When Barbara received her breast cancer diagnosis, she joined two of her aunts in fighting the disease.
My family has a history of breast cancer. Two aunts on my mother's side battled the disease.
My Aunt Lissa was diagnosed late — well into stage four — and she passed away within months of the diagnosis. My Aunt Gerti was luckier. The cancer was caught during a routine mammogram at stage two, and today she is in her 80s and looking great.
My aunts are the reason I get a regular mammogram every year, despite the U.S. Preventative Services Task Force recommendation to start at 50. And they are also the reason I got one last year. I almost didn't. I'd had a mammogram each year for eight years — since I turned 40 — and every one had been completely clear. Also, I was busy. Like so many other women who skip their mammogram year after year, I had too much to do: it was Christmas and my family was in town. Yet the thought of my aunts nagged at me.
Sure enough, once I had the mammogram I received a notification to come in again. I knew from my previous work with Cancer Services at Intermountain Healthcare that callbacks often turns out to be calcifications or other benign issues, so I wasn't worried. The radiologist recommended I get a biopsy, so I added that to my long list of to-dos.
As my biopsy appointment neared, my initial calm was replaced by nagging anxiety. One of the worst things about breast cancer isn't the diagnosis — it's the waiting before you get the diagnosis. You agonize over the what ifs: What if I have breast cancer? What if I have to quit my job? Fortunately, the radiologist was able to get me in for a biopsy that day, and I received my results the following day. I suspect my radiologist, Brett T. Parkinson, MD, saw the look on my face and ordered the results STAT. If he hadn't, I would have waited an entire weekend.
When Dr. Parkinson and I talked about the pathology report, he explained I had a small mass — .7mm. It was invasive, but it would spread slowly and was very treatable. "Here's your next step," he said. "Let's talk about the surgical consult. Here's what your pathology says and what it means." Some people think that having empathy means physicians should sugarcoat what's happening to you. The truth is, patients just get confused when you try to make it lighter. We want honest answers about what's going on with our bodies and what it all means for us. Whatever degree of certainty your physician can offer is very comforting when your future is comprised entirely of unknowns.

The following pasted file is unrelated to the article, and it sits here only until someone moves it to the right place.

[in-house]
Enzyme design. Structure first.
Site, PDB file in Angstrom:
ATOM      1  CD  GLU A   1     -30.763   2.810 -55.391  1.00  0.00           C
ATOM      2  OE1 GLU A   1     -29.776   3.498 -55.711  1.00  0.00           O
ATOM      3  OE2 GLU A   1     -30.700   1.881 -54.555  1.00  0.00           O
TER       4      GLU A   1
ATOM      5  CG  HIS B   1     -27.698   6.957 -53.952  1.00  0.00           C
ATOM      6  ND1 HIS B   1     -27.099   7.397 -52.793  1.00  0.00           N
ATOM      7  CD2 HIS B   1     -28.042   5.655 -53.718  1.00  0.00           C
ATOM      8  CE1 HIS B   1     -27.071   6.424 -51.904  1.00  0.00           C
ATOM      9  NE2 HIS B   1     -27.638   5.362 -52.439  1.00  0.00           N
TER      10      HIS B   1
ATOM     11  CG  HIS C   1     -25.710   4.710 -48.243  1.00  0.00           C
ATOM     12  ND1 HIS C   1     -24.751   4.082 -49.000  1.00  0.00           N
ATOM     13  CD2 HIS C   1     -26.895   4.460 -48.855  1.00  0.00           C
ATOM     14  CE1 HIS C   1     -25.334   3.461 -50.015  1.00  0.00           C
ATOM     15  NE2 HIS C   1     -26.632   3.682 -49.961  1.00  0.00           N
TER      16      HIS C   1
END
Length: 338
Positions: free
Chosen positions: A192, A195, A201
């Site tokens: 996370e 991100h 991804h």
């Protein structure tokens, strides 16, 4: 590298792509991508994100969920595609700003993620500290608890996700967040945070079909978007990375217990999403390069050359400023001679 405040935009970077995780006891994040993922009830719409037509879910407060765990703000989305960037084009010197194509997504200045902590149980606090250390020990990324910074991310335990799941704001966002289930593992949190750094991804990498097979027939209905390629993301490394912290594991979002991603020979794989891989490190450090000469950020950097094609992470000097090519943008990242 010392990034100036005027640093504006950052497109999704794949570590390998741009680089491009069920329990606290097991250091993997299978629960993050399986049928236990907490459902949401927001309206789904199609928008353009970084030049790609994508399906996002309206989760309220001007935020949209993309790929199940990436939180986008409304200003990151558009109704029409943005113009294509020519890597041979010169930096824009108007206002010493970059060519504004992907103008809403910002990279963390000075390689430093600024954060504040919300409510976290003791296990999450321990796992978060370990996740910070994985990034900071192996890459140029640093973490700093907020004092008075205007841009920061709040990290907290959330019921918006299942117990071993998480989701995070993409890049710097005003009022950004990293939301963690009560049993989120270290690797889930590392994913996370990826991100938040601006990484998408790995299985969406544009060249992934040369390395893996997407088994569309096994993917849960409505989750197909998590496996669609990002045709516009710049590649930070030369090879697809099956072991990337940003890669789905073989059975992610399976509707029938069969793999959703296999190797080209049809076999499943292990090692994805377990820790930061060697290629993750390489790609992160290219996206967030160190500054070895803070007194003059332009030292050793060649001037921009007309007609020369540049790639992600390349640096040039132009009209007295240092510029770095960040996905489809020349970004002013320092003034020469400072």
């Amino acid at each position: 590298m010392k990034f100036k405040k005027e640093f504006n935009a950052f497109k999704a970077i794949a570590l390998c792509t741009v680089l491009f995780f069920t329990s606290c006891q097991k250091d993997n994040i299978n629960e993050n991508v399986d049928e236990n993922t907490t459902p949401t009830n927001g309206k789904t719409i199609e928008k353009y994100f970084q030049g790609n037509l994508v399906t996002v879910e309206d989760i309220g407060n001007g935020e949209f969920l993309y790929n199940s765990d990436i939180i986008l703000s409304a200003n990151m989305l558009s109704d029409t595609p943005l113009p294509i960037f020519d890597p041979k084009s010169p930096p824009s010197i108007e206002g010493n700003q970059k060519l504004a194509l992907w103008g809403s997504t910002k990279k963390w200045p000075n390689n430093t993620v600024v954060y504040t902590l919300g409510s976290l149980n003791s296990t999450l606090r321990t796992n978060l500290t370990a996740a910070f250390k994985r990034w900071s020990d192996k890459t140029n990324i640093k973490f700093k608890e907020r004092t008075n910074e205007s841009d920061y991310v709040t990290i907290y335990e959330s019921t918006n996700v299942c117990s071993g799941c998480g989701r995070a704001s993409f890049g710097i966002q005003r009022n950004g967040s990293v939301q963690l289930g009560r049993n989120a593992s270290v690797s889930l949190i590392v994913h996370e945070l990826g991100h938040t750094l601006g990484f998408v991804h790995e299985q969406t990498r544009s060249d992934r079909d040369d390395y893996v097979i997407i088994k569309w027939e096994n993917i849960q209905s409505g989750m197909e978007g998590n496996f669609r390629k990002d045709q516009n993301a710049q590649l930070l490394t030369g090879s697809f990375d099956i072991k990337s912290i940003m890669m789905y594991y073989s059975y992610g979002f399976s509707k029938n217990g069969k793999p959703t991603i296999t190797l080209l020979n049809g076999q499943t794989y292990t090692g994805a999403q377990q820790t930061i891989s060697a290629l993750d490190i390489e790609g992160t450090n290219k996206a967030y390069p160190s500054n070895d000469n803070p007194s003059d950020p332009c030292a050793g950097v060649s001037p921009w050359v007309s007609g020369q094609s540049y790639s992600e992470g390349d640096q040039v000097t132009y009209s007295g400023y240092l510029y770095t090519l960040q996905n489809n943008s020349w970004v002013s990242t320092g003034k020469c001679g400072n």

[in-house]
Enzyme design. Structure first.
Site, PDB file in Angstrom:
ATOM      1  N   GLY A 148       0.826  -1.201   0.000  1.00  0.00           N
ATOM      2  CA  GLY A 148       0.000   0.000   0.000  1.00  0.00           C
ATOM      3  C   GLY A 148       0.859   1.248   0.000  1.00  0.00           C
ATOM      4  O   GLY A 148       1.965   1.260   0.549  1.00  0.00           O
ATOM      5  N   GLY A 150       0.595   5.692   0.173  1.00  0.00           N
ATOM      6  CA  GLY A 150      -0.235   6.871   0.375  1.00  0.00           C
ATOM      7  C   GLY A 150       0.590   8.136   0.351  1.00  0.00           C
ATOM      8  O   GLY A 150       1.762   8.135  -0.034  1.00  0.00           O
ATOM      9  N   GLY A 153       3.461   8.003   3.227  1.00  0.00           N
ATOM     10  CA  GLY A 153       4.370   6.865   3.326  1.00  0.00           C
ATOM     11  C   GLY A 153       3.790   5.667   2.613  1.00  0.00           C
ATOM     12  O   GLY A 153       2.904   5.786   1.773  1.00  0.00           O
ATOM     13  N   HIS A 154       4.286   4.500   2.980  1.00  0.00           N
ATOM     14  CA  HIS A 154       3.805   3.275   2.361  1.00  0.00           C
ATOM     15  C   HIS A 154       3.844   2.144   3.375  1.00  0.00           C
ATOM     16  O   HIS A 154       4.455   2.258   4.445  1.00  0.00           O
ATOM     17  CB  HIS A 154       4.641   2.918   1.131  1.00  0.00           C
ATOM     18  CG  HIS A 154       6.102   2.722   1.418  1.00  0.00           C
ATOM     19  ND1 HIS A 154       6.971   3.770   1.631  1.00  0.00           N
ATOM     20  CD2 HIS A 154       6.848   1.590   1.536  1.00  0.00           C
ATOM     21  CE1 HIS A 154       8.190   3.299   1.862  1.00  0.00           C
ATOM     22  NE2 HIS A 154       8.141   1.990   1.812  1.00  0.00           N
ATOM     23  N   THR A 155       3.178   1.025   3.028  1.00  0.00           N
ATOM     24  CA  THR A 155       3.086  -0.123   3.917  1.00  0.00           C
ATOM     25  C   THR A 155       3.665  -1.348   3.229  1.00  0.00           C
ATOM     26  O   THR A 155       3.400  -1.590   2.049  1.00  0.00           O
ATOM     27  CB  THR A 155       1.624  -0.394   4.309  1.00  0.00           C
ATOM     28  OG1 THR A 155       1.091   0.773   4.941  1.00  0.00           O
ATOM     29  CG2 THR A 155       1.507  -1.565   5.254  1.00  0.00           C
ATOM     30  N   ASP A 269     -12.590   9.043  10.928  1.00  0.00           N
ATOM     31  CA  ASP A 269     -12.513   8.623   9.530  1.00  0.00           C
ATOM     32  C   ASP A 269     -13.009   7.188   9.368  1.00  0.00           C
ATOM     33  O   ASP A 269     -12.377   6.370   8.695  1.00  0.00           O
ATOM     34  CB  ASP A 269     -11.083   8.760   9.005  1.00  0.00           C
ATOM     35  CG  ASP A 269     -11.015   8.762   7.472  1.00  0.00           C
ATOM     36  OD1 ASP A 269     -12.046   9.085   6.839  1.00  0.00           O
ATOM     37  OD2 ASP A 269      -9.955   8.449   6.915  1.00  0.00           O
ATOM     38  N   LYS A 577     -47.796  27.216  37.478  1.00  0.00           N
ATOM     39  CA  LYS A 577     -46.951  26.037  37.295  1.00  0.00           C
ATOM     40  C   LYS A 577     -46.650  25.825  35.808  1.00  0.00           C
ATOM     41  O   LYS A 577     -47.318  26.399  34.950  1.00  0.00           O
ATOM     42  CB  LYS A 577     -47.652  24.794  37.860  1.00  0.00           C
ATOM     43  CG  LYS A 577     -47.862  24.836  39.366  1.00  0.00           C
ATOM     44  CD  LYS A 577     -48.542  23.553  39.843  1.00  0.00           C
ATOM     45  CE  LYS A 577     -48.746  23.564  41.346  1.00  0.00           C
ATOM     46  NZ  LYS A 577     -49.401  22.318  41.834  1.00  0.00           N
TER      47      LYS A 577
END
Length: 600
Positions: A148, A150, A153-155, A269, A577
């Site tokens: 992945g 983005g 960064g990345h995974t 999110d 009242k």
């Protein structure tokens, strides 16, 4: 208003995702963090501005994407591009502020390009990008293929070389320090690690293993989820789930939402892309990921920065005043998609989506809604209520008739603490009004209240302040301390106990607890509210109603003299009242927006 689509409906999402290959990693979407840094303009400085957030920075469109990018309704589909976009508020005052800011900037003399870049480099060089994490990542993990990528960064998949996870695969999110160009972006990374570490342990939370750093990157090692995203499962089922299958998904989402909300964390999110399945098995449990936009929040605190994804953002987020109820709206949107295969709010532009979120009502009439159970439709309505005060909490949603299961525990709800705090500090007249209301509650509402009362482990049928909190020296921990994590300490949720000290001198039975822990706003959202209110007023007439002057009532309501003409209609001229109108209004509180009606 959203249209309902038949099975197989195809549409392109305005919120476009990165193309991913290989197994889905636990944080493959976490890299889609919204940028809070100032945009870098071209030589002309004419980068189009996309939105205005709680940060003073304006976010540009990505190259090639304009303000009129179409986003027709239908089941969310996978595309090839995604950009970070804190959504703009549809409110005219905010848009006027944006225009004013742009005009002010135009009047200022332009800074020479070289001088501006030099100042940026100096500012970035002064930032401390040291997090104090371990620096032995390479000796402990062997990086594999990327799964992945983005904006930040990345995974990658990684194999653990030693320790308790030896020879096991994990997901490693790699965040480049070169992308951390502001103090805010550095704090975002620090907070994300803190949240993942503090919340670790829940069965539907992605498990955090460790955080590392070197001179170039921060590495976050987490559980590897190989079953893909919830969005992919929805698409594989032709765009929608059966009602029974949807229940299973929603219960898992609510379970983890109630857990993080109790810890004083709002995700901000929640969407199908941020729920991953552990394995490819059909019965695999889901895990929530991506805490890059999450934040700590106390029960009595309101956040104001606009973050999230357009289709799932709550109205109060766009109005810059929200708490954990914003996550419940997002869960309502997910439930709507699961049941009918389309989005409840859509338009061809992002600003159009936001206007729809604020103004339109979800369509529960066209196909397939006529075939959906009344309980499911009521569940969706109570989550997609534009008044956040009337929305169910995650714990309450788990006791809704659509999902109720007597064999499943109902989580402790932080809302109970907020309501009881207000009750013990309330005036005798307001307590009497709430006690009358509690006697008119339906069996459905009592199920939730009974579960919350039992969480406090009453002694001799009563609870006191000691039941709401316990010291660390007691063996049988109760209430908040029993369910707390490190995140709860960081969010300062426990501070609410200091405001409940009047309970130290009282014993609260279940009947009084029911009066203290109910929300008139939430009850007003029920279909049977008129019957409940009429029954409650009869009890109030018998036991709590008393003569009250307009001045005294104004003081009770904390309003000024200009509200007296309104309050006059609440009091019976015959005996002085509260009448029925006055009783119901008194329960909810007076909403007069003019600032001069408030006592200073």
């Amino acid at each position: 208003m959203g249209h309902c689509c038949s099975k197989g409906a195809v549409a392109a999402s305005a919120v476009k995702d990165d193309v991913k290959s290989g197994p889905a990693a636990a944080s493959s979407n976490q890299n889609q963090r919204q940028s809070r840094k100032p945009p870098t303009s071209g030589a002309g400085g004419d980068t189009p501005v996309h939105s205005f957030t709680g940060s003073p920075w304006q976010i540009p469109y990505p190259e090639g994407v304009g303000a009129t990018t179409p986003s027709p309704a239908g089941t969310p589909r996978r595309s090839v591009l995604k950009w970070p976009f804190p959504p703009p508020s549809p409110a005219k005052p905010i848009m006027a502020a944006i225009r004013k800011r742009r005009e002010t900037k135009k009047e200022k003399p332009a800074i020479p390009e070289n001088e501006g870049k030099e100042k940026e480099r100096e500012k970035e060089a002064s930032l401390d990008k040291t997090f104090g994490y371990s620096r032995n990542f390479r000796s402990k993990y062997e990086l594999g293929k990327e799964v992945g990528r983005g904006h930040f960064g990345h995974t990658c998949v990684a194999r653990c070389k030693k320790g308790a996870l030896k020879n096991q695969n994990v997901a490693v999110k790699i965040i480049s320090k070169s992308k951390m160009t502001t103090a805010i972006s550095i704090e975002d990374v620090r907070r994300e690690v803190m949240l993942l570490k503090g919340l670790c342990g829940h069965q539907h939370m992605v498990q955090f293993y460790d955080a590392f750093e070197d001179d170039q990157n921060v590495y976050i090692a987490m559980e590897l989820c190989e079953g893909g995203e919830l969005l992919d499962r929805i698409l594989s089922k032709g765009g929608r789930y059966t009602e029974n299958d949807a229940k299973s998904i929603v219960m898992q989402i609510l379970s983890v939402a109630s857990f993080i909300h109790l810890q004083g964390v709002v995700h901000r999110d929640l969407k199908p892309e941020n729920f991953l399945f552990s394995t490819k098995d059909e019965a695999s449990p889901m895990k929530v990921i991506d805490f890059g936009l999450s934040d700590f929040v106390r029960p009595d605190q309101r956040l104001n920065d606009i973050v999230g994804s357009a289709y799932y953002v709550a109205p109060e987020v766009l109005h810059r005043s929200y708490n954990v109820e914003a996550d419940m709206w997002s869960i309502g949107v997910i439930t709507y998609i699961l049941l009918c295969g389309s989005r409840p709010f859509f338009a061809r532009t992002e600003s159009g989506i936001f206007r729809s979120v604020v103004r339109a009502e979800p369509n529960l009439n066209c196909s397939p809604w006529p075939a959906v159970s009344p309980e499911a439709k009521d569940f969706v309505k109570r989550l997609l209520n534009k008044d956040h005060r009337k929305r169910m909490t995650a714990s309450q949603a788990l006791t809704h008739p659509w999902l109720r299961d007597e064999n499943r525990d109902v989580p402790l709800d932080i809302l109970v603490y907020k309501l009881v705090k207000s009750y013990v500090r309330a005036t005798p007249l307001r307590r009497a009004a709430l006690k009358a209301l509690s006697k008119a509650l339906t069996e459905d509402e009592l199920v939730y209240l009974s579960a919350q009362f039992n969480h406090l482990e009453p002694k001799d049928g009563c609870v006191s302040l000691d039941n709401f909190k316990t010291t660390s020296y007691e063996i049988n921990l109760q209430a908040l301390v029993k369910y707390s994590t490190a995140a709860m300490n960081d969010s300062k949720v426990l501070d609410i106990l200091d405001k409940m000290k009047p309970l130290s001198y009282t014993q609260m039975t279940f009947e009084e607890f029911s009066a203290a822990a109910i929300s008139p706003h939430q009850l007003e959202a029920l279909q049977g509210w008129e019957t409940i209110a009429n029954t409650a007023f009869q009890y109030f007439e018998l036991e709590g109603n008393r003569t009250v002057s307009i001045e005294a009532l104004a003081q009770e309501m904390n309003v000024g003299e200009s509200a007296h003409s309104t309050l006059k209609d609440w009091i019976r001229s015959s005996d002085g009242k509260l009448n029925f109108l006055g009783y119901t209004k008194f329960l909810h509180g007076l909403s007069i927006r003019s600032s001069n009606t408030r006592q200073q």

And there are so many unknowns. Even though I listened closely to my consult, and even though I work in the medical field, I had so many questions. I had been rocked by my diagnosis and could only remember snippets of information here and there. Despite that, I didn't want to bother my physician with my questions. And looking to Google for an answer was like opening a doomsday device. You only encounter the worst-case scenarios.
Luckily, the coordination of care I received was incredible. Dr. Parkinson helped me come up with a plan immediately, explaining information even if he assumed I already knew it. Within two weeks, I'd gone from my mammogram to surgery. Intermountain also has nurse navigators who work with the physicians and the patients every step of the way. My nurse made sure I was scheduling consultations with my oncologist. She'd leave me messages, reassuring me that someone was checking up on me. Having that level of empathy from the radiology suite and beyond made all the difference in my treatment.
Following my surgery, I was relieved to find out my cancer was at stage one. Because of my mammogram, we caught my cancer while it was still treatable. Had I skipped screening that year, we may have caught the cancer the next year, but who knows how fast the cancer would have spread by then? The truth is, the earlier you detect cancer, the easier it is to treat and the better your quality of life throughout the whole process. So why not take advantage of a tool when it's offered you?
I received another tool during the course of my treatment, one just as important as the life-saving screening that caught my cancer. Every physician I had worked together to consider the quality of my life. I received fast results, information when I needed, and a helping hand that made sure I wasn't alone. They considered the entirety of my health. They not only cared whether my body was healthy or that the cancer was gone, but that I felt safe and comfortable and that I had peace of mind every step of the way.
By Barbara Ohm, health care administrator at the Orthopedic Specialty Hospital in Murray, Utah